Vermont Public is independent, community-supported media, serving Vermont with trusted, relevant and essential information. We share stories that bring people together, from every corner of our region. New to Vermont Public? Start here.

© 2024 Vermont Public | 365 Troy Ave. Colchester, VT 05446

Public Files:

For assistance accessing our public files, please contact or call 802-655-9451.
Play Live Radio
Next Up:
0:00 0:00
Available On Air Stations

Widow Sues Burlington Police In 2013 Shooting Death

The widow of a man shot to death by a Burlington Police officer in 2013 is suing the city of Burlington and police officials over the incident.

In a complaint filed in U.S. District Court Friday, March 27, Barbara Brunette alleges a systemic failure within the police department to address the rising number of mental health calls in the city.

On Nov. 6, 2013, Brunette’s husband Wayne was shot and killed by Burlington Police outside his family’s home in Burlington’s New North End. When he was shot, Brunette was brandishing a garden shovel. In his family’s call to emergency dispatch, they said Wayne was experiencing a mental health crisis at the time.

The city “saw a 400 percent increase in the number of calls involving persons with mental health issues between the years 2008 and 2013,” the lawsuit says.

Chief Michael Schirling, who is also named as a defendant in the suit, made similar comments at a press conference the day after the shooting.

“The call volume in terms of mental health calls has increased 375 percent in the last five years, so it’s one of the core things that our folks are responding to,” he said then.

The lawsuit alleges that the city “displayed deliberate indifference to the unique nature of these calls and the appropriate response to be employed by its police department and other first responders.”

The lawsuit claims that the city and the police department “have failed to train their police officers in the widely accepted use of crisis intervention and de-escalation strategies in handling mental health calls.”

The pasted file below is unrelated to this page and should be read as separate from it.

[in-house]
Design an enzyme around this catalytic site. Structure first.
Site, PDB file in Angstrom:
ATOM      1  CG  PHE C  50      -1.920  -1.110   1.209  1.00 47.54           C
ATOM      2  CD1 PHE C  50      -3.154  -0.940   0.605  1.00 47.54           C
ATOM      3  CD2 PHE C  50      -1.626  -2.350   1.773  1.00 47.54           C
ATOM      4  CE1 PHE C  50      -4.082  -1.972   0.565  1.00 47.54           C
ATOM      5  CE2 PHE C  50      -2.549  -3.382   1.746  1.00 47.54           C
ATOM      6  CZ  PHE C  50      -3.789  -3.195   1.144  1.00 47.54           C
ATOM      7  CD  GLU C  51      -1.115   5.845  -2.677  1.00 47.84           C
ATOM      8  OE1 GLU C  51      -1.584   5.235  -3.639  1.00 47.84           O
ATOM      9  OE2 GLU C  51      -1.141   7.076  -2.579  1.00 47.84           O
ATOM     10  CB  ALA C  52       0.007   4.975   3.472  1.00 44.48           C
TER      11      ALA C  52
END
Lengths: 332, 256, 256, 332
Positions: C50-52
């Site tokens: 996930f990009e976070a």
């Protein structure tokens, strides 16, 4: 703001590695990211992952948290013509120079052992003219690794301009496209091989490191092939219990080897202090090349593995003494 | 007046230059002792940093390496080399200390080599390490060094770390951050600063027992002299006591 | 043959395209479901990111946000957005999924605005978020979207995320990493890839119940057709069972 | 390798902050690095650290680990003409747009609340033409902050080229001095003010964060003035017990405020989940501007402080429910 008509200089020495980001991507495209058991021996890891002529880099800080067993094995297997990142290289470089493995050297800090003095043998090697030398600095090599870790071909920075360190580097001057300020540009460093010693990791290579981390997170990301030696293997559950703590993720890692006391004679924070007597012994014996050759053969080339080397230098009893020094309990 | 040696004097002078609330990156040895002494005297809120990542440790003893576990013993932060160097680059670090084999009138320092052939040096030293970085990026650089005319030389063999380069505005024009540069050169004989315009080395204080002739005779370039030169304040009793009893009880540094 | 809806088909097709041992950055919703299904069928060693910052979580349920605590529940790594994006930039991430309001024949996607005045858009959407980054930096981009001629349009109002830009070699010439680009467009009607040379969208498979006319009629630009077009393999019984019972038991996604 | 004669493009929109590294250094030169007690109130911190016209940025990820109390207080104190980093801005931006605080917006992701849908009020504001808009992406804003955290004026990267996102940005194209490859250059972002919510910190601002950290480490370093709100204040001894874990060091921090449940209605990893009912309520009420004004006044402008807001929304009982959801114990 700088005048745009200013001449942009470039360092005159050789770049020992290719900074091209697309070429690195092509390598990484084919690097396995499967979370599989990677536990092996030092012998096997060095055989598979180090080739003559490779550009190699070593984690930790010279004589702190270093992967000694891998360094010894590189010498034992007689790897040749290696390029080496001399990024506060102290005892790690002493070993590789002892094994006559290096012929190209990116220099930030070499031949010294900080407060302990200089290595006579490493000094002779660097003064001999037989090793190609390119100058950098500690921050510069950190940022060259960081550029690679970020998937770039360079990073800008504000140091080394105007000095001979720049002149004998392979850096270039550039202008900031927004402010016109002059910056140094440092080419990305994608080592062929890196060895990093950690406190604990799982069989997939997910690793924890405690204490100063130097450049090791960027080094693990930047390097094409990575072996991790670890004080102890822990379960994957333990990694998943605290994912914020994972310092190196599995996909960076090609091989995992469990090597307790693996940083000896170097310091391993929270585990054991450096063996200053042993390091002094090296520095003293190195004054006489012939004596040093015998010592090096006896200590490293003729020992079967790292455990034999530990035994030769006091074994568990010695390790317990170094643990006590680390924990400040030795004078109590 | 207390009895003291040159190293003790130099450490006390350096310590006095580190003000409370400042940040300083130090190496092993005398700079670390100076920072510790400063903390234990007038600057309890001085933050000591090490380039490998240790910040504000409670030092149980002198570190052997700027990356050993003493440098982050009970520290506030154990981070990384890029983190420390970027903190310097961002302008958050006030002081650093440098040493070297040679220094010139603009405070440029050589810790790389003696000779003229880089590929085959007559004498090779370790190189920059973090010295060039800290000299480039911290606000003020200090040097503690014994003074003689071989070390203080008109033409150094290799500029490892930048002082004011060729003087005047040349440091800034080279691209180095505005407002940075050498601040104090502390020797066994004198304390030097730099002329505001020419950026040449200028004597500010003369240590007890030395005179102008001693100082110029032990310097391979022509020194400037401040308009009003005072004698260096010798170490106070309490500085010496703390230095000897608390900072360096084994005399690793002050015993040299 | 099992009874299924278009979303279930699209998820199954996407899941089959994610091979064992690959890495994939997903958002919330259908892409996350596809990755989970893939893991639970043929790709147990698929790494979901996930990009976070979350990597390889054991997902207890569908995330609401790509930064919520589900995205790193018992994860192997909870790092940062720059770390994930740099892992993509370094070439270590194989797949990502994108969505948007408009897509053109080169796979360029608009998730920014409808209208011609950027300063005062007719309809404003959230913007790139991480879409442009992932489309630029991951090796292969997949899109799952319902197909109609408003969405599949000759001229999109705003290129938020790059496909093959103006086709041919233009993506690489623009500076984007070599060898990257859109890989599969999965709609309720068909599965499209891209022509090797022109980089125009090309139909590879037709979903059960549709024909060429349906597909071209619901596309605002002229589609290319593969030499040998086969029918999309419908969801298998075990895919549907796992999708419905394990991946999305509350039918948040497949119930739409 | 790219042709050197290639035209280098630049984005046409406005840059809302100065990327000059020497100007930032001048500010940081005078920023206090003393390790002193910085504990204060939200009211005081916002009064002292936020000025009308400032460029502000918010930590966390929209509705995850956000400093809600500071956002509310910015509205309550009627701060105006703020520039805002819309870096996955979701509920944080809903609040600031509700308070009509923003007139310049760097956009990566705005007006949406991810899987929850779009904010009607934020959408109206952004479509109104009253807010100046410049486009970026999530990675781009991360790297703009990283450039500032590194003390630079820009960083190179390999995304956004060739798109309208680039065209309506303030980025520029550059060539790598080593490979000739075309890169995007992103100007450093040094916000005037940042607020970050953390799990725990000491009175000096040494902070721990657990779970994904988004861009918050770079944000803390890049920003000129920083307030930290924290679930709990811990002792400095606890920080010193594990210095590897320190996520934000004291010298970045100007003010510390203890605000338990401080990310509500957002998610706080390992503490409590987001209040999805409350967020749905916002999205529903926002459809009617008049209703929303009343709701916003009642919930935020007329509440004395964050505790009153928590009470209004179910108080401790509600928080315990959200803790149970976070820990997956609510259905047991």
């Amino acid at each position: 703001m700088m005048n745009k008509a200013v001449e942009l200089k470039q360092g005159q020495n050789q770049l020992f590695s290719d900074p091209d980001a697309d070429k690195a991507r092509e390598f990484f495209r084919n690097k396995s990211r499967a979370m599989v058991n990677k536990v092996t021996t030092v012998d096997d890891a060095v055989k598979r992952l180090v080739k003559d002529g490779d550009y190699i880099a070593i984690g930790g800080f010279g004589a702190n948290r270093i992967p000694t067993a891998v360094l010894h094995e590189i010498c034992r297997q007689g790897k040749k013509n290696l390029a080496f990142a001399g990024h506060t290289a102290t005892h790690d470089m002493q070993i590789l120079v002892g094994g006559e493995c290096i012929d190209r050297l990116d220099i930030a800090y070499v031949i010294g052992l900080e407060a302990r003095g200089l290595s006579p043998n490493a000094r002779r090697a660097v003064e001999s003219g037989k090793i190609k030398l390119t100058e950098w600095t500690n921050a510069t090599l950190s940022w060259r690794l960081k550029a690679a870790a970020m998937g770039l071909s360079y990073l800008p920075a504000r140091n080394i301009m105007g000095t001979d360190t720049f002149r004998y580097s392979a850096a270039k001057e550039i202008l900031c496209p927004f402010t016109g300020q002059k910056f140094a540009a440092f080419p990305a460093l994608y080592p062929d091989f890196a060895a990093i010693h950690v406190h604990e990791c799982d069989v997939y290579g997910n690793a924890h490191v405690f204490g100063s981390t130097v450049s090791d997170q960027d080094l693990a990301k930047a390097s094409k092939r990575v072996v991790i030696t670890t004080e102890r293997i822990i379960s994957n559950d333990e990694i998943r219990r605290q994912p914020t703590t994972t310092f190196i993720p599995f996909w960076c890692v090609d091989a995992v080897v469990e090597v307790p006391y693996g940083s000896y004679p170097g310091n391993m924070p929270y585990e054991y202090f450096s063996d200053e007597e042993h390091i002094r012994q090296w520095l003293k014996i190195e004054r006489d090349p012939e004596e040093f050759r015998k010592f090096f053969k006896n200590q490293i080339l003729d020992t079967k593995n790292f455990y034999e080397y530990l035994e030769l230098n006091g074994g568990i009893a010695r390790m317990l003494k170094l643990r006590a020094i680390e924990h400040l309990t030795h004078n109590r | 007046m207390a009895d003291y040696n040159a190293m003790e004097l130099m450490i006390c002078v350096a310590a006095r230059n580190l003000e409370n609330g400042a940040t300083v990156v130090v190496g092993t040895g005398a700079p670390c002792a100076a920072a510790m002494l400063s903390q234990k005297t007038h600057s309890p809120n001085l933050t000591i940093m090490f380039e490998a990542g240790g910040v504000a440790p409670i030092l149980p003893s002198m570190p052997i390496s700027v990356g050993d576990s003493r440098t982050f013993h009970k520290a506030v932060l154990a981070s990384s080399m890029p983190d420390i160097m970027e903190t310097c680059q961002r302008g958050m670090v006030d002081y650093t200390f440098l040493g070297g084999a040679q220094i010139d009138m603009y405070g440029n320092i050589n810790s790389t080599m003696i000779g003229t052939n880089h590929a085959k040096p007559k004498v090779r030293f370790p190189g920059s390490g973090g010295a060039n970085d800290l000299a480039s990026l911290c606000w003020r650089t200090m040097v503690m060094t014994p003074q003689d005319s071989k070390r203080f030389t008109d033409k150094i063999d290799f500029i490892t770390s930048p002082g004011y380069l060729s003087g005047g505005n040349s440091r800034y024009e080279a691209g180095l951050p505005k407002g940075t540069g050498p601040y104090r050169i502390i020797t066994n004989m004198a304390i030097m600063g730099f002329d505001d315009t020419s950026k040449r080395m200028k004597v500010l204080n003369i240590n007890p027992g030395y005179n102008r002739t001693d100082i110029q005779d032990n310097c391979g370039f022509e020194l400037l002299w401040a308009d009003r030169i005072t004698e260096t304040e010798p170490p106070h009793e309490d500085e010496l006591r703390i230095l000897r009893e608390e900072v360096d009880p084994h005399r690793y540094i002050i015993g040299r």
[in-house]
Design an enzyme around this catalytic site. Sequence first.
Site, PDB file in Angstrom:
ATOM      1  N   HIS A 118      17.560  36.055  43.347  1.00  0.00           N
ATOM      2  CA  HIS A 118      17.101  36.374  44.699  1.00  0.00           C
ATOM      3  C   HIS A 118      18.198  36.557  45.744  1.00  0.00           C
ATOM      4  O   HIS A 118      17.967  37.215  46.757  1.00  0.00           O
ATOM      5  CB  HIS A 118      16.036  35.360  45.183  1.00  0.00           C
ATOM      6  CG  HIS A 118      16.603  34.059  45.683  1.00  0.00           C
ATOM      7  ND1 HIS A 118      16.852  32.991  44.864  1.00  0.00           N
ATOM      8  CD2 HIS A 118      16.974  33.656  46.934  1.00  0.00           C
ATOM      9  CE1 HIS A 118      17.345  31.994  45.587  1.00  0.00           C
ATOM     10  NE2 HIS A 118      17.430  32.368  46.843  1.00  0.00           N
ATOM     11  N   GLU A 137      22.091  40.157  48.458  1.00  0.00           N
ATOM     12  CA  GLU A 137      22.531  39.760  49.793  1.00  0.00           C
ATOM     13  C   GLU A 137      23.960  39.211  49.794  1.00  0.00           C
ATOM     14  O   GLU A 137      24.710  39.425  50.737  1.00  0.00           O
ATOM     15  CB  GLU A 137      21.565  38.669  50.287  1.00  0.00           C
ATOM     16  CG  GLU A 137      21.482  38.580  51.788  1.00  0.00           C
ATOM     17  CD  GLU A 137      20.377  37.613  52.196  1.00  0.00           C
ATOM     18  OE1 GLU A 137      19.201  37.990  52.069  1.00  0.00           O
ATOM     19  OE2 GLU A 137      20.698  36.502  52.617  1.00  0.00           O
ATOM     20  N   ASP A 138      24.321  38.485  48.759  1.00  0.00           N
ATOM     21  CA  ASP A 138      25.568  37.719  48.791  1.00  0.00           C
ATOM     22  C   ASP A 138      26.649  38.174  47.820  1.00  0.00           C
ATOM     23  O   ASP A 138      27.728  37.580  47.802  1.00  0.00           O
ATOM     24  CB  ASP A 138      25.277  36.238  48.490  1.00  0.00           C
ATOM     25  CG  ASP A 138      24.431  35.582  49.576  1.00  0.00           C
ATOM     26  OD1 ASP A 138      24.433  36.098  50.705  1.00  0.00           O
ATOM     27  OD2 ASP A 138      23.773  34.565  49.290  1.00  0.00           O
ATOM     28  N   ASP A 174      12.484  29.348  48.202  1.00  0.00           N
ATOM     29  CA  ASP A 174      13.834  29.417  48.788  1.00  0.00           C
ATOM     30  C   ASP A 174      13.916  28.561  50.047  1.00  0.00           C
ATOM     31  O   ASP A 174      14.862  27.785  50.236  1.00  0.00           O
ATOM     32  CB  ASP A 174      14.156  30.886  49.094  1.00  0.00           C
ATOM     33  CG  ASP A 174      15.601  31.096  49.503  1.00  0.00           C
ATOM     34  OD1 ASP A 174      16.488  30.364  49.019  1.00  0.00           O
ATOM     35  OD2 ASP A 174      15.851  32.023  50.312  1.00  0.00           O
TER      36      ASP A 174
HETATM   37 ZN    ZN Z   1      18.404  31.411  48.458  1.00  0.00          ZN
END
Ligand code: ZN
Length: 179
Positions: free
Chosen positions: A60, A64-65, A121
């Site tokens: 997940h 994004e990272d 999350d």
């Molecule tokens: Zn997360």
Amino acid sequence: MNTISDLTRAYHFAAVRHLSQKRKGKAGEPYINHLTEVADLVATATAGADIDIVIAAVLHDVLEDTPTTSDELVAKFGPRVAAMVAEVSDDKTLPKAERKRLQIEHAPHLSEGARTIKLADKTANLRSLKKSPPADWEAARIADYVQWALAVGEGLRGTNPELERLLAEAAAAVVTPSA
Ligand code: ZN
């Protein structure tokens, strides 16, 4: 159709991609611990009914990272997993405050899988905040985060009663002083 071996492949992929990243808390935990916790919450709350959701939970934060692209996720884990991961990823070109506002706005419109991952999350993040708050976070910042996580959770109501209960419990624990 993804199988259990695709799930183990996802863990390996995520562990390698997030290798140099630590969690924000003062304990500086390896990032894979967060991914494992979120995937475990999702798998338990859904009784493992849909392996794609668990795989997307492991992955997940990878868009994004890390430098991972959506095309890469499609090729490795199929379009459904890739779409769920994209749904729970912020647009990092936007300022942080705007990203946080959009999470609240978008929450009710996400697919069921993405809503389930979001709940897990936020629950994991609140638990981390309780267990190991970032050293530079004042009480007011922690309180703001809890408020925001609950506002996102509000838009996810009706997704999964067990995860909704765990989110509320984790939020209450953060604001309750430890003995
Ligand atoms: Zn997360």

At the news conference the day after the incident, Schirling’s comments told a different story – one of a department actively working to properly respond to the growing number of mental health calls.

“They’re training constantly,” Schirling said of Burlington officers at the time. “They train in conjunction with the HowardCenter clinicians. We have a couple of folks that do exclusively mental health work here, including a community interventionist who is actually a HowardCenter employee based out of the police department … so mental health is woven into everything that we do.”

Burlington Police officials did not immediately respond to request for comment Friday afternoon.

Barbara Brunette’s lawsuit also claims the city was in violation of the Americans with Disabilities Act, which requires local governments to accommodate the needs of people with disabilities. The lawsuit says Wayne Brunette qualified under the federal law as disabled.

The court filing seeks compensatory damages as well as punitive damages as well as a trial by jury.

Taylor was VPR's digital reporter from 2013 until 2017. After growing up in Vermont, he graduated with at BA in Journalism from Northeastern University in 2013.
Latest Stories